Underway on Southern Star

We departed Old Port Cove Marina for our first passage on Southern Star on Dec 28. We had delayed a week already as we waited for a weather window to allow us to make the 60 mile passage across the Gulf Stream. And the weather window finally presented itself. 

We planned to make the passage at night, so to arrive at West End, Grand Bahama in the morning with plenty of light to clear in and continue along the southern coast of Grand Bahama to Ocean Reef Marina. There are no anchorages on the south side of Grand Bahama, and the Abacos (of which Grand Bahama is a part of) are very open to the north and to the often strong winds generated by cold fronts coming out of the US. So we have decided after taking some advice from Dennis on Sea Fox (multiple Nordhavn owner- and current owner of Sea Fox N50 and soon to be Sea Fox N57) to visit the Abacos on the way back north at the end of the season for more settled weather. 

And so we are planning to GO SOUTH. West End our first stop.

Leaving the marina was exciting, and Scott and the boys from Yacht Tech, helped us with out lines and we were off, at about 3:00 pm.

We enjoyed the slow cruise to Lake Worth Channel exit with lots of boat traffic, as it is still Christmas holiday season, and the South Florida weather is amazing. 85 degrees F/28 C and perfect. No winds, flat seas.

We need to allow for the 3-4 knot Gulf Stream Current as it flow northerly, pushing you North. So with a 25 degree compensation south, we set our course to West End, departing Lake Worth inlet at about 4:00 pm.

The boat was running well, but I realized that the fan on the stack blower was not running when the main engine was running. I was concerned for the exhaust temperature in the stack getting too hot. Fearing big problems I called Yacht Tech and was advised that as it was so calm, I could run with the lazarette open to help to cool the engine room, and fix the fan upon arrival. 

And the crossing was uneventful. We arrived just south of our waypoint, with the 25 degree correction working perfectly at 4:00 am, a bit early for coming into the tricky cut. So we slowed and circled and waited for sunrise. 

Our radars and AIS giving us good notice of the shipping traffic going into Freeport. I made radio contact with two ships to communicate our intentions and to understand how closely we would cross.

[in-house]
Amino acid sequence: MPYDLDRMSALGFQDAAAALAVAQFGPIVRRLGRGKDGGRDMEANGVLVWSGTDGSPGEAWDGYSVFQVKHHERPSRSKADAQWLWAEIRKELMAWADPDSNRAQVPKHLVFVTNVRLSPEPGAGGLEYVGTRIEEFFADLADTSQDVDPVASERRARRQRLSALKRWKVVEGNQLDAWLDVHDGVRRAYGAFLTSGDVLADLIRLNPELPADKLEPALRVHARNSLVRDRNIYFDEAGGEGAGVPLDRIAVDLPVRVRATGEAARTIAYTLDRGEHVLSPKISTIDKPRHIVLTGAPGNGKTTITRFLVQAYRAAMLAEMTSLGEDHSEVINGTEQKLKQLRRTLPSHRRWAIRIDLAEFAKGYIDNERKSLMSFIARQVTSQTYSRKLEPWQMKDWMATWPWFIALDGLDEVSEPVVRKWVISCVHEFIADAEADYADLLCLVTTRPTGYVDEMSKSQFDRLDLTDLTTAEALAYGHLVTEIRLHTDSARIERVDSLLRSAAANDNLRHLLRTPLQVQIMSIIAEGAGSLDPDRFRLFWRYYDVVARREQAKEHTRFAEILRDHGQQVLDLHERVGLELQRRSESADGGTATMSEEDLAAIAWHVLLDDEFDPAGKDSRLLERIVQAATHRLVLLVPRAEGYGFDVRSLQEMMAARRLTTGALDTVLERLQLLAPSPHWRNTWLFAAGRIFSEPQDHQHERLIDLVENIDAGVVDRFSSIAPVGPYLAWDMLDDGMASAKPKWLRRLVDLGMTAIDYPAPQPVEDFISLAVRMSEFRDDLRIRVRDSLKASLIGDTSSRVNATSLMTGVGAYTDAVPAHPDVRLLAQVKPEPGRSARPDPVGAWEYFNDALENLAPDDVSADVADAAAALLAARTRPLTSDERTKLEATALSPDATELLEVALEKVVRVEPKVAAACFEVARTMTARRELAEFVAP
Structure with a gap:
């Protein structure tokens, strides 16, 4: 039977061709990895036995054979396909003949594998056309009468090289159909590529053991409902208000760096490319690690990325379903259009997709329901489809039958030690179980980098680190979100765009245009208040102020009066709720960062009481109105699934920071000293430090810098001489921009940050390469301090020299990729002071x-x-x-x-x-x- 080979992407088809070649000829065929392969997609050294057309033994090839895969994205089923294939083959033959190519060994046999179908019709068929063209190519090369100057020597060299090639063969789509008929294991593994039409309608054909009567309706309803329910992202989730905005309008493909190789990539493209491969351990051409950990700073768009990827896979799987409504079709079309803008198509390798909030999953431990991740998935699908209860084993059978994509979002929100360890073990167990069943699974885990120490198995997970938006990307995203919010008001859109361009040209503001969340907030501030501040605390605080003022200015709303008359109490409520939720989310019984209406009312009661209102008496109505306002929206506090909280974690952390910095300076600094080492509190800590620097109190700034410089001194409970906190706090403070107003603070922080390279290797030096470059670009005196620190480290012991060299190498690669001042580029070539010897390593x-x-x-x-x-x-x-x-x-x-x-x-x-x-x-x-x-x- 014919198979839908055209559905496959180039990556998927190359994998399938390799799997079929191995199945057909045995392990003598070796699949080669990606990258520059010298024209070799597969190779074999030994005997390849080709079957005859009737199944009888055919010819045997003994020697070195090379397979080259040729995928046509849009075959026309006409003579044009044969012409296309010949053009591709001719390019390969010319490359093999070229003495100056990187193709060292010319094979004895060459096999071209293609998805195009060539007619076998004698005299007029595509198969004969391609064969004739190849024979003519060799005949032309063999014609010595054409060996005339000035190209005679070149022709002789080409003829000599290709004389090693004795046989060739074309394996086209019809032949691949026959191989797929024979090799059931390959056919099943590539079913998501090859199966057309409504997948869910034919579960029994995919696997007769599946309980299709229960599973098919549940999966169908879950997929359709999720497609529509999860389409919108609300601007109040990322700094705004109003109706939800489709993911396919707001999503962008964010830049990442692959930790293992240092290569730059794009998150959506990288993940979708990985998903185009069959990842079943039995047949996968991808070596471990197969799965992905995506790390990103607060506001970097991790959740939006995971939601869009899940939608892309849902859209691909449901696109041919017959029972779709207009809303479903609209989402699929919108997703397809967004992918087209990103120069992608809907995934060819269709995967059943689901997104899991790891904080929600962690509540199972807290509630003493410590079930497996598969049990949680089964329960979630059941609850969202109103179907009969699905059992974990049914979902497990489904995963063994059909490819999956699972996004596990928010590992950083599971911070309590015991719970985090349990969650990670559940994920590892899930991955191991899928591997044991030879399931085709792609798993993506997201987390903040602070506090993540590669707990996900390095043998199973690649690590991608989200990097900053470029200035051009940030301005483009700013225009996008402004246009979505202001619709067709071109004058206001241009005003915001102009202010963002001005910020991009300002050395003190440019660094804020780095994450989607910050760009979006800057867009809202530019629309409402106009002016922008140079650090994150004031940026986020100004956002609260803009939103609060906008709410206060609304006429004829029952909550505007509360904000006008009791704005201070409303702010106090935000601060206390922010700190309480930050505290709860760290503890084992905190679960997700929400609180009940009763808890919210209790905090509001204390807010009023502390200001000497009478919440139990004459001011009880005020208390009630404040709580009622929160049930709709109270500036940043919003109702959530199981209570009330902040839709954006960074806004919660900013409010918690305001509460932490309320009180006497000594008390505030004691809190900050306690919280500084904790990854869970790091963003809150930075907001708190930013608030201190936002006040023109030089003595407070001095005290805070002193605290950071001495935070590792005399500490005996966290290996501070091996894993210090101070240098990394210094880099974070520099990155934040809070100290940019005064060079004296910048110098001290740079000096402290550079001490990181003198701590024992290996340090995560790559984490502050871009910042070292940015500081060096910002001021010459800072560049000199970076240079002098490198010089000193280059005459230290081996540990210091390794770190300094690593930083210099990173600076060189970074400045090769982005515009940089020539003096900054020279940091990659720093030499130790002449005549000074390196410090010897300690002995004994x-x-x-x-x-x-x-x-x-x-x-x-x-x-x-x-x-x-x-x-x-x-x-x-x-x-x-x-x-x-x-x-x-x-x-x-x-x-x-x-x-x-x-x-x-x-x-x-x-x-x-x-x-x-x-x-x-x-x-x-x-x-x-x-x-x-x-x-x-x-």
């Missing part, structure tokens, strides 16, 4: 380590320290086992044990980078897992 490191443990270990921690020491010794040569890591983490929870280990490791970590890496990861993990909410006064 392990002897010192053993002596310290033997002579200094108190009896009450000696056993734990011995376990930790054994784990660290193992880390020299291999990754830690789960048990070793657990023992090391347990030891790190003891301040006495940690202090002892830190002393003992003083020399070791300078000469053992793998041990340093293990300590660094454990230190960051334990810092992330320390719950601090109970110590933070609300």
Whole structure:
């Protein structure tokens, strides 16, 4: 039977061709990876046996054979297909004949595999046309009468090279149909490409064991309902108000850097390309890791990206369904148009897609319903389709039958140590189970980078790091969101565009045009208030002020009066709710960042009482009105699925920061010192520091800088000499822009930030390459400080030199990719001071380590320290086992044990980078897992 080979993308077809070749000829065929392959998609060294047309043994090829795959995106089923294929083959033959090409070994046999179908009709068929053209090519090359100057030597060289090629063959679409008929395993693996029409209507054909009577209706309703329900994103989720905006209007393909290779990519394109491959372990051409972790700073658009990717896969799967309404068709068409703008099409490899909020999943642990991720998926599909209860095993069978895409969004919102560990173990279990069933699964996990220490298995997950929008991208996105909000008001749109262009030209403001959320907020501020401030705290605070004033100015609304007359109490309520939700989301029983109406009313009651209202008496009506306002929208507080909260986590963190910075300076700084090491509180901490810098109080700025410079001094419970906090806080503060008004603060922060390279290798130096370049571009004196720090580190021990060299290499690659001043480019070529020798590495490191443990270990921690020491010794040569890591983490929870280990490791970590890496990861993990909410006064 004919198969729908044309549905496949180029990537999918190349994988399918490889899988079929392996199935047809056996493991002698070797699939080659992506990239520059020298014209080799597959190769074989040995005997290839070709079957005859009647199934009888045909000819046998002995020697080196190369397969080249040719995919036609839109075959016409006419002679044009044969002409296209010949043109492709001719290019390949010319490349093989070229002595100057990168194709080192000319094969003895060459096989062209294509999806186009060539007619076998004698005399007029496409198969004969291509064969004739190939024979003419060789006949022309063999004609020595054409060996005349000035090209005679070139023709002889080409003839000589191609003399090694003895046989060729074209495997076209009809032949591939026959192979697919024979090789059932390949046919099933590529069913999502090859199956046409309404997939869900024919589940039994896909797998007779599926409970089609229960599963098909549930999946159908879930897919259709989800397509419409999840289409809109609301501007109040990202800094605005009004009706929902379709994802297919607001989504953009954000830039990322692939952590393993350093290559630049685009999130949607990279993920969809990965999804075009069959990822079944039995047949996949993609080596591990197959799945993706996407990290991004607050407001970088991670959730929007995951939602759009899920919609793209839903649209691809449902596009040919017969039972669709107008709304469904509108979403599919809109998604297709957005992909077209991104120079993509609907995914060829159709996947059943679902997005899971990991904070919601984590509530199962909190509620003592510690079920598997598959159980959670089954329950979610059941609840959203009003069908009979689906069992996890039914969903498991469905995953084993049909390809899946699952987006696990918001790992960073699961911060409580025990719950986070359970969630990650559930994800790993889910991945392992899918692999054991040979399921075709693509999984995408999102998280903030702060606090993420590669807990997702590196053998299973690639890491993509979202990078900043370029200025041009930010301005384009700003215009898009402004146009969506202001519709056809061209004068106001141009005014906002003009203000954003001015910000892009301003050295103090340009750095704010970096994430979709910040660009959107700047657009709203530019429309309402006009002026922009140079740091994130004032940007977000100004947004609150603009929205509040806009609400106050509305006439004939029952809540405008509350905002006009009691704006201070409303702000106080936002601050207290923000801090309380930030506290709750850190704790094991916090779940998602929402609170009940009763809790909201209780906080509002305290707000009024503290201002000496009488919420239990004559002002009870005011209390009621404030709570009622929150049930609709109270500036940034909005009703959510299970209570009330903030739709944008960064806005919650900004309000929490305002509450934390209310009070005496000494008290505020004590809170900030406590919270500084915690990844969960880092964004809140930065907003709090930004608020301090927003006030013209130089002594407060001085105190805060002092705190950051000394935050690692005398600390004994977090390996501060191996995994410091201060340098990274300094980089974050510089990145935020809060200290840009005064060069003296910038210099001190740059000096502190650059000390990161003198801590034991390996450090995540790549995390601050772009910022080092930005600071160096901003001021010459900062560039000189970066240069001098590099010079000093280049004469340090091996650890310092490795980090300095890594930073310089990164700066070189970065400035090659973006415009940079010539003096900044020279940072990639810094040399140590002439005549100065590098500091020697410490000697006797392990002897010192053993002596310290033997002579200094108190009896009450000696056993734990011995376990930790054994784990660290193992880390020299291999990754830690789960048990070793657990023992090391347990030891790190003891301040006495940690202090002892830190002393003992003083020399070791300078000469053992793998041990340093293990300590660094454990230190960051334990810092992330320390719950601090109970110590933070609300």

Finally with a beautiful sunrise, we angled northerly to West End- to clear into the Bahamas. 

We found the marina busy with visiting sportfish boats, and a few yachts that had come across in the ideal Gulf Stream conditions. 

Customs was fast and easy, and we were officially on our first cruising permit for 6 months in the Bahamas. 

We departed and planned to travel across the southern side of Grand Bahama to dock at Ocean Reef Marina and Yacht Club, between Freeport and Port Lucaya, about 25 miles away. 

Crossing Freeport Harbour was interesting, as it is a major shipping port, and had dozens of large container ships, tankers, and other commercial traffic. We meandered past the port, watching a pilot boat drop off the pilot on to a large container ship, and then two tugs coming along side while the ship continued at his 10 knot speed. Very nice to see professional seamen working. 

An hour later, we spotted our cut (Silver Point) for Ocean Reef and headed toward it. The winds had picked up and were from the south, right behind us, as we approached Siver Cut, piloting from the flybridge. The cut was very narrow, maybe 25-30 feet wide, and I could see shallow water and sand bars inside the cut. 

Hurricane Matthew had clobbered the Bahamas in October and we would see its aftermath over and over again. West End marina had no power, and now Silver Cut had silted up due to the storm. 

Some beachers were playing around in the white sand beach in the cut, and they hailed me on the VHF- “vessel coming into Silver Cut. “

My hands full with steering and controlling the throttle, Jenny answered. 

The beach goer announces that the cut is very shallow, right as we nudged the bottom in 1.6 m of water, and looking ahead there was even more shallow water ahead about 50 feet. 

No way were we going to make this cut. I reversed and steering back out of the cut in reverse. No room to turn around, backing slowly into the 10 knot breeze, using my thrusters to control my steerage. 

150 metres and we were back with some more room to turn around and head back into deeper waters.

Too much excitment but no harm no foul, we contacted Port Lucaya about 5 miles further east, to confirm space and DRAFT of the Bell Channel entrance. 

And so we tied up in Port Lucaya for the next 7 days, waiting for cold fronts to go by and to give us another weather window for our next passage to the Berry Islands. 



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